La storia di BRIAN WANSINK…

Scritto da Angelo

Categorie: Salute

20 Febbraio 2019


Caso emblematico…

Chi è costui? Scommetto che non lo conoscete… Una bravissima persona!

Come direttore dell’ente che emanava le linee guida dietetiche USA del 2010, Brian Wansink – in perfetto stile Ancel Keys – consentì dati associativi deboli. Recentemente Wansink ha dovuto ritirare 15 paper scientifici pubblicati e ha dovuto dimettersi da Cornell, un importante centro per la salute pubblica in USA.

In pratica un’altra mela marcia che propone diete vegetali a base granaglie che hanno rovinato e rovineranno la salute di milioni e milioni di persone…

Ora vi faccio venire i brividi…

Basta aprire Wikipedia dove il nostro eroe ha una pagina dedicata…

Ecco il “parco” elenco dei paper scientifici ritirati, tra cui spiccano i famosissimi PIZZA PAPERS…
Definiti dal New York Magazine



Retractions and corrections

Pizza papers

Panel from a 2011, in which scientists look for relationships between many colors of jelly beans and acne, and find a p value <0.05 only for green ones.[28]
Cited in New York Magazine piece about Wansink lab’s p hacking.[2]

In January 2017, the validity of research from Wansink’s labs was called into question by Jordan Anaya, Nicholas J L Brown, and Tim van der Zee, after Wansink had written a blog post about asking a graduate student to “salvage” conclusions from a study which had null results, subsequently producing five papers from it, all published with Wansink as co-author.[3] Van der Zee, Anaya, and Brown analysed four of the five papers (referred to as “the pizza papers”), and found conclusions not supported by the data presented, and a total of 150 questionable numbers, such as impossible values, incorrect ANOVA results, and dubious p-values.[2][3] According to the critics, requests for access to the original data were denied by Wansink, who cited privacy issues over the anonymity of the participants. A February 2017 article in New York Magazine described the pizza papers as

“shockingly unprofessional” and expressed concern over the journals that published them.[2]

In response, Wansink announced an in-depth review of the four disputed papers, after locating some of the original datasets,[29] and published a detailed response in March 2017.[3] A few days later, Cornell released a statement confirming that the university administration had conducted a preliminary investigation of Wansink’s four pizza papers, and had not found evidence of scientific misconduct. The investigation did find multiple cases of self-plagiarism and confirmed “numerous instances of inappropriate data handling and statistical analysis”, requiring Wansink to hire independent, external statistical experts to check and reanalyze his own review of the papers.[3][30]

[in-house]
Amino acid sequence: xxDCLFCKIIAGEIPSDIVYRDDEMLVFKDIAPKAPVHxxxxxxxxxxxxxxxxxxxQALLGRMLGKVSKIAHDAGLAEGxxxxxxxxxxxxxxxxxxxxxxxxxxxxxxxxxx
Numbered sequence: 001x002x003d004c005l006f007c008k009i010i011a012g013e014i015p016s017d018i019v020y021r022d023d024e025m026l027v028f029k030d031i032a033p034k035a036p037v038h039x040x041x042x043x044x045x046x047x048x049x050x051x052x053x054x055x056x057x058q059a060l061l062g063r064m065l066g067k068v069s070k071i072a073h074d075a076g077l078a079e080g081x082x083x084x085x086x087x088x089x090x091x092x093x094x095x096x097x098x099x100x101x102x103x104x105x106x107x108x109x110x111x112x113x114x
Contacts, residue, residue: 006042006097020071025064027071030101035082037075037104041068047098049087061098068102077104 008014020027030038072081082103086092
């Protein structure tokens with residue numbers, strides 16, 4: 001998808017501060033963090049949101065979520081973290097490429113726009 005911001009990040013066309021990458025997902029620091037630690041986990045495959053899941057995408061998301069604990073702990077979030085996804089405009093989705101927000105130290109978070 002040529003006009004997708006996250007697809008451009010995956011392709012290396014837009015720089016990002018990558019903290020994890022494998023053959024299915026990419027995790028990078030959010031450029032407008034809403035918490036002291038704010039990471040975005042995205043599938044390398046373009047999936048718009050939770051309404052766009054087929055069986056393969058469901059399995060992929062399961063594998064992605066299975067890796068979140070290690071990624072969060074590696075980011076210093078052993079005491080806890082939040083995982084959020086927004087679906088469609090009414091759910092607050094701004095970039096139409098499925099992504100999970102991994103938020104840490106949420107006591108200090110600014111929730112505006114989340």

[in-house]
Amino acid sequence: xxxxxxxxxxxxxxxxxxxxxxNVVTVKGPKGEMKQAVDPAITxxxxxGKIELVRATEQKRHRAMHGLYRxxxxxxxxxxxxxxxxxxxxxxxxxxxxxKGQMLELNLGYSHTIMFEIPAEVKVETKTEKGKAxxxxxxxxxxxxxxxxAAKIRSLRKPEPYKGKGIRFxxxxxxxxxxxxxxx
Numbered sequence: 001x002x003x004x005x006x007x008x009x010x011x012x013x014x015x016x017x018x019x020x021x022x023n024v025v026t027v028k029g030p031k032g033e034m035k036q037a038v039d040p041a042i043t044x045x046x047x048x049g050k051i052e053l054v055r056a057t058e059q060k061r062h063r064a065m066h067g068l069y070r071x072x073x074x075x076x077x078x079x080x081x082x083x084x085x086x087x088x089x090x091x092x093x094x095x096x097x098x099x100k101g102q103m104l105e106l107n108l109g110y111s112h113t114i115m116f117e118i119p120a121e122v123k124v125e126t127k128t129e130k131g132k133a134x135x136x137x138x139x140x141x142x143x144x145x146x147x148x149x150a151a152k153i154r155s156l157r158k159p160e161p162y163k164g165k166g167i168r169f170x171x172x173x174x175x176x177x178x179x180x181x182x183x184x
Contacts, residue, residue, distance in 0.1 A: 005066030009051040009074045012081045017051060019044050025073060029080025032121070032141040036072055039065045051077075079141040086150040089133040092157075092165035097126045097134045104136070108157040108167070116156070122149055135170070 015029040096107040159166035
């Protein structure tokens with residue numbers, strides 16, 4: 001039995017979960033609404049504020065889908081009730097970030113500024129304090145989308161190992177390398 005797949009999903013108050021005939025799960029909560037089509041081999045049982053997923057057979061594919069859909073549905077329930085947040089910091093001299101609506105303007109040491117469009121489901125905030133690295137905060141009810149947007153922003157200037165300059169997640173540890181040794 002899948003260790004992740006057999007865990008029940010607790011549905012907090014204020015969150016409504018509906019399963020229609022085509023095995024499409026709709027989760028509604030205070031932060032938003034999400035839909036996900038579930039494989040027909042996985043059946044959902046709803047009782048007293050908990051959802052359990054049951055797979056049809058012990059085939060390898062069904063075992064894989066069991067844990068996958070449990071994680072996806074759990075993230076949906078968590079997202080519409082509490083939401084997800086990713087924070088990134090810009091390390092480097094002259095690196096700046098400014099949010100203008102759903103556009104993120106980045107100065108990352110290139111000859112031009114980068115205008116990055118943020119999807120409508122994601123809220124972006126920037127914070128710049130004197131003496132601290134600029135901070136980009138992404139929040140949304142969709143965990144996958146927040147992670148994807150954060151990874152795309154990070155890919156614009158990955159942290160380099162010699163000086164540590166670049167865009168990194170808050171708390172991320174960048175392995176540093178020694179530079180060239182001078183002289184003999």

Further corrections and retractions follow
Later in 2017, Anaya and his colleagues found errors in six other papers published by members of the Cornell Food and Brand Lab. As of December 2017, six papers had been retracted and 14 corrections had been issued.[31]

By March 2018, two more papers had been retracted and an additional correction made, bringing the totals to 7 (one of them retracted twice, so technically 8) and 15, respectively.[5] In April 2018, JAMA (Journal of the American Medical Association) issued a “Notice of Expression of Concern” about all six articles authored by Wansink in JAMA and JAMA network specialty journals, to alert the scientific community of concerns about the validity of Wansink’s research; the notice included a request for Cornell to have the validity of the papers independently assessed.[32] In September 2018 JAMA retracted six papers by Wansink.[33]

The following papers were retracted:[34][31][35][7]

Hanks, AS; Just, DR; Wansink, B (July 2013). “Preordering school lunch encourages better food choices by children”. JAMA Pediatrics. 167 (7): 673–4. doi:10.1001/jamapediatrics.2013.82. PMID 23645188.
Siğirci, Ozge; Rockmore, Marc; Wansink, Brian (6 September 2016). “How Traumatic Violence Permanently Changes Shopping Behavior”. Frontiers in Psychology. 7: 1298. doi:10.3389/fpsyg.2016.01298. PMC 5012201. PMID 27656152.
“Retraction note: How Traumatic Violence Permanently Changes Shopping Behavior”. Frontiers in Psychology. 8: 2140. 27 November 2017. doi:10.3389/fpsyg.2017.02140. PMC 5712176. PMID 29204134.
Siğirci, Özge; Wansink, Brian (19 November 2015). “RETRACTED ARTICLE: Low prices and high regret: how pricing influences regret at all-you-can-eat buffets”. BMC Nutrition. 1 (1). doi:10.1186/s40795-015-0030-x.
Siğirci, Özge; Wansink, Brian (15 September 2017). “Retraction Note: Low prices and high regret: how pricing influences regret at all-you-can-eat buffets”. BMC Nutrition. 3 (1). doi:10.1186/s40795-017-0195-6.